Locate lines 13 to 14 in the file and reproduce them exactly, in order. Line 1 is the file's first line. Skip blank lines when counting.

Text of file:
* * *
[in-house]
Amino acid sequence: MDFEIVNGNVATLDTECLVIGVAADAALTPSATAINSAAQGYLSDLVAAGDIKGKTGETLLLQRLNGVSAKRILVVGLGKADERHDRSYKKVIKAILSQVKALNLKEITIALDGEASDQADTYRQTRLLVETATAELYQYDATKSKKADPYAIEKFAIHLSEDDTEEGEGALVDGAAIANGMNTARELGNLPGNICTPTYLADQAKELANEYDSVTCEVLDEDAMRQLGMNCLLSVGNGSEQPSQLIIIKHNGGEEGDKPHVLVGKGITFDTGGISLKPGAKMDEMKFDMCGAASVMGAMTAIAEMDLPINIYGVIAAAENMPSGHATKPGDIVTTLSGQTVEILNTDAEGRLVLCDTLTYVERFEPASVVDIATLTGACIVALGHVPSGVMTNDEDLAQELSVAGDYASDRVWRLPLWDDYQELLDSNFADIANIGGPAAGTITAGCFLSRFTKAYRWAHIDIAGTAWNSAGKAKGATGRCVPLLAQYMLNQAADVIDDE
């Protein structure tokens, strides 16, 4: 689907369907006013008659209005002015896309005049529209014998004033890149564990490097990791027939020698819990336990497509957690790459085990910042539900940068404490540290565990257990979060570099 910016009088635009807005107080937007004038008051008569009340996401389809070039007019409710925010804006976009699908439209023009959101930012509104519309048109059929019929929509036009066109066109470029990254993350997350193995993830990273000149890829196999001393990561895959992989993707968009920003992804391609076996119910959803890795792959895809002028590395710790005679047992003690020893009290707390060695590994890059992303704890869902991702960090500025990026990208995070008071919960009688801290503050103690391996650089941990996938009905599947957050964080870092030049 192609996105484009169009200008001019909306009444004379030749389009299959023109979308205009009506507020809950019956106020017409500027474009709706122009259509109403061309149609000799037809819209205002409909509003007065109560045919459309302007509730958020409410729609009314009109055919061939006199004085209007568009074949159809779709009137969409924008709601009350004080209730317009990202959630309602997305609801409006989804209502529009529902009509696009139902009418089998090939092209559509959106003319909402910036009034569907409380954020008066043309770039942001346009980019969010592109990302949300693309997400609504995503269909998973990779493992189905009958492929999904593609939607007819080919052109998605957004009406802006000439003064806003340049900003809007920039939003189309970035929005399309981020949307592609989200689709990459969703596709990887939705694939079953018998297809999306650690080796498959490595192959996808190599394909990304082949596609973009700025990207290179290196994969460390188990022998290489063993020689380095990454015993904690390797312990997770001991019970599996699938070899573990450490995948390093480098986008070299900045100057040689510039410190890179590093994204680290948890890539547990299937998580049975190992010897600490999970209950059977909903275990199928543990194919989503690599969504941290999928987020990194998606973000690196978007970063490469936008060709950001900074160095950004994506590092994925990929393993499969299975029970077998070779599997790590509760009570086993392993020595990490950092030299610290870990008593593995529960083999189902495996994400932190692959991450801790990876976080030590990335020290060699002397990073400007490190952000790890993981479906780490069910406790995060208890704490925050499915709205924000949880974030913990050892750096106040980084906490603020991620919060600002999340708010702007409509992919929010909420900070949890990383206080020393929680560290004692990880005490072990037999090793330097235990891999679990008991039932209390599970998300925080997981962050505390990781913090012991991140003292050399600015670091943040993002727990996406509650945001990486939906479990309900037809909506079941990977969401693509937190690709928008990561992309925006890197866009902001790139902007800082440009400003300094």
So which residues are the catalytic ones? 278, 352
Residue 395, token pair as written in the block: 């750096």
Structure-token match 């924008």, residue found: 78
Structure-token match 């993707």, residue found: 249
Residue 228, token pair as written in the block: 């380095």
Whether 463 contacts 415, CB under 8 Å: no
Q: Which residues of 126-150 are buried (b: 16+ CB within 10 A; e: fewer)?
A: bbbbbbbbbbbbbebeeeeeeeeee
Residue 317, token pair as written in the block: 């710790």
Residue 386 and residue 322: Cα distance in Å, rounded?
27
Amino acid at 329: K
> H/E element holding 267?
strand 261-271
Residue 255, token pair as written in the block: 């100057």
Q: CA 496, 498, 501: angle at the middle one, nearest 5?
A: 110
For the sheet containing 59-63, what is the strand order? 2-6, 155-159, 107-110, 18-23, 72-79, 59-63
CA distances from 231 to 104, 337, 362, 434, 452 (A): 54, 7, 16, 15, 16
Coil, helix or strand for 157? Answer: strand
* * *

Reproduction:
Residue 386 and residue 322: Cα distance in Å, rounded?
27